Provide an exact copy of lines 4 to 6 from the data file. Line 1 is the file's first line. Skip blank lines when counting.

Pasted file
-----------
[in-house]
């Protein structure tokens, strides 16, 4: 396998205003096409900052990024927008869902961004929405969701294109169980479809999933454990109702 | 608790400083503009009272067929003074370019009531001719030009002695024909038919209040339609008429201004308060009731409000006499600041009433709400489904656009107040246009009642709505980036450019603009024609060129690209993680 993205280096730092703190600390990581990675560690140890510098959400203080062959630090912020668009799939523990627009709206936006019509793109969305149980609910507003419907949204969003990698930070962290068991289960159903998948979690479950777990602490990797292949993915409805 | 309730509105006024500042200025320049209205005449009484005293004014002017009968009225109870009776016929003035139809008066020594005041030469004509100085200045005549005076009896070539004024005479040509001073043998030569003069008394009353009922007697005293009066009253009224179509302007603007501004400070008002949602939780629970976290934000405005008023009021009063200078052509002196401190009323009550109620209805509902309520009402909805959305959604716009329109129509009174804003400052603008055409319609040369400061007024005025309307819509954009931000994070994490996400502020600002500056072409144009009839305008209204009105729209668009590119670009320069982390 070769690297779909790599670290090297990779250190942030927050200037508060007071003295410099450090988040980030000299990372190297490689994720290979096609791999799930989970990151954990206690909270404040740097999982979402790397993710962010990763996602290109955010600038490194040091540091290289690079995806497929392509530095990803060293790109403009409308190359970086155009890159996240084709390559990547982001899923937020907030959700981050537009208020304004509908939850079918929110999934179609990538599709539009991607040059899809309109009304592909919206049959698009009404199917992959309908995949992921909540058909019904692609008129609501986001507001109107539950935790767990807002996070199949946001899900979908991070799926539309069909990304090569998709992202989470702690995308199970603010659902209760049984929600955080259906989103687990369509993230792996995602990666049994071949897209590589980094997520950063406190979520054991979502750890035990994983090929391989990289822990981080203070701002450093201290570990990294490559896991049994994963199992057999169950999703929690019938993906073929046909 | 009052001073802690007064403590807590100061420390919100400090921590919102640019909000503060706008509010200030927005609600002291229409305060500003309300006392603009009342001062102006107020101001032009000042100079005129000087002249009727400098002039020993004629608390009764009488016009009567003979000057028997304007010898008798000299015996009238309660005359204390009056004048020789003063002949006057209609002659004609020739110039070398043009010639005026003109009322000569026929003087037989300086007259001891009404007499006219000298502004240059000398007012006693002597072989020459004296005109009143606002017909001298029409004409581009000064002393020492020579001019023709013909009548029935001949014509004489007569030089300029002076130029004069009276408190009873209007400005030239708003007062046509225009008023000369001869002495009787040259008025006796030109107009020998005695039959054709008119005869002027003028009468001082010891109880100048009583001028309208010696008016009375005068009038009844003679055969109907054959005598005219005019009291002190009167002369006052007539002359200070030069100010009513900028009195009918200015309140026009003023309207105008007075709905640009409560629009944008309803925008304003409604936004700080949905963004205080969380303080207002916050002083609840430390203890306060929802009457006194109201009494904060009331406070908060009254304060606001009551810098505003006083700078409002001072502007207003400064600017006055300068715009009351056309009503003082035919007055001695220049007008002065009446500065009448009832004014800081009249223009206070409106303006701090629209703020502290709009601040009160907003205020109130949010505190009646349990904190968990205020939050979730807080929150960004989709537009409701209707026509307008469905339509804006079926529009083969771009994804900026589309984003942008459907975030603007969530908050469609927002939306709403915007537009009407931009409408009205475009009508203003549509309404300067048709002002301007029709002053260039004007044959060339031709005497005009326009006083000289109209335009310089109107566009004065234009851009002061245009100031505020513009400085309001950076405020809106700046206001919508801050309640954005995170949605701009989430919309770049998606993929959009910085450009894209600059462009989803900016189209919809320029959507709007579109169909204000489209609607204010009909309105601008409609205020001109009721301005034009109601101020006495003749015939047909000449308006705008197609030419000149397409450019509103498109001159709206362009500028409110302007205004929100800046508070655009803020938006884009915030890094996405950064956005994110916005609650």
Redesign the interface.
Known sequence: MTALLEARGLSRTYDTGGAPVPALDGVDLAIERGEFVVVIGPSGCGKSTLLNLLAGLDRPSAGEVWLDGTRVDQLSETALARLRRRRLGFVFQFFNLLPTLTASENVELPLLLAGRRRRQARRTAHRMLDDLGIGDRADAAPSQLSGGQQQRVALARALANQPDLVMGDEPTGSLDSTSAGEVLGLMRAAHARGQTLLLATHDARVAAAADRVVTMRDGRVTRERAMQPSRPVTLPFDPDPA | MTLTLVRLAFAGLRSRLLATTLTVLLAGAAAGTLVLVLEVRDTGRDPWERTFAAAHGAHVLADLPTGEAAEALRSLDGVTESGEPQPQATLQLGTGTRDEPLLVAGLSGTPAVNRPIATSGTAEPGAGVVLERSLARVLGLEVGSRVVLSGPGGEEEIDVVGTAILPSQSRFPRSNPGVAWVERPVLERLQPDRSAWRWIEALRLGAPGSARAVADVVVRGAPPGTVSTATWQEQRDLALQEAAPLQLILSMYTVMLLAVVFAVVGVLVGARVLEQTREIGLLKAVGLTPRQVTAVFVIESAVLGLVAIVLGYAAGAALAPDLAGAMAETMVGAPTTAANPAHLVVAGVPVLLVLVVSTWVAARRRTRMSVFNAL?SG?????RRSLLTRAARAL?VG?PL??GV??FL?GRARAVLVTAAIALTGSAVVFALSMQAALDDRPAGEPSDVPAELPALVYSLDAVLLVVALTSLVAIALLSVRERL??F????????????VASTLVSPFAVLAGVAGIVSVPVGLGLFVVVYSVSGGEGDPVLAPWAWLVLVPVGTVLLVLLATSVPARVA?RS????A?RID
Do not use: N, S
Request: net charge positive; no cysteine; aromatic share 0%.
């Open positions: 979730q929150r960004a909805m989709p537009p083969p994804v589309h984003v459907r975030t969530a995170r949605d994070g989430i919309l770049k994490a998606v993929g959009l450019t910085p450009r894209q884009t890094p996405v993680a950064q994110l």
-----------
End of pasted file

Known sequence: MTALLEARGLSRTYDTGGAPVPALDGVDLAIERGEFVVVIGPSGCGKSTLLNLLAGLDRPSAGEVWLDGTRVDQLSETALARLRRRRLGFVFQFFNLLPTLTASENVELPLLLAGRRRRQARRTAHRMLDDLGIGDRADAAPSQLSGGQQQRVALARALANQPDLVMGDEPTGSLDSTSAGEVLGLMRAAHARGQTLLLATHDARVAAAADRVVTMRDGRVTRERAMQPSRPVTLPFDPDPA | MTLTLVRLAFAGLRSRLLATTLTVLLAGAAAGTLVLVLEVRDTGRDPWERTFAAAHGAHVLADLPTGEAAEALRSLDGVTESGEPQPQATLQLGTGTRDEPLLVAGLSGTPAVNRPIATSGTAEPGAGVVLERSLARVLGLEVGSRVVLSGPGGEEEIDVVGTAILPSQSRFPRSNPGVAWVERPVLERLQPDRSAWRWIEALRLGAPGSARAVADVVVRGAPPGTVSTATWQEQRDLALQEAAPLQLILSMYTVMLLAVVFAVVGVLVGARVLEQTREIGLLKAVGLTPRQVTAVFVIESAVLGLVAIVLGYAAGAALAPDLAGAMAETMVGAPTTAANPAHLVVAGVPVLLVLVVSTWVAARRRTRMSVFNAL?SG?????RRSLLTRAARAL?VG?PL??GV??FL?GRARAVLVTAAIALTGSAVVFALSMQAALDDRPAGEPSDVPAELPALVYSLDAVLLVVALTSLVAIALLSVRERL??F????????????VASTLVSPFAVLAGVAGIVSVPVGLGLFVVVYSVSGGEGDPVLAPWAWLVLVPVGTVLLVLLATSVPARVA?RS????A?RID
Do not use: N, S
Request: net charge positive; no cysteine; aromatic share 0%.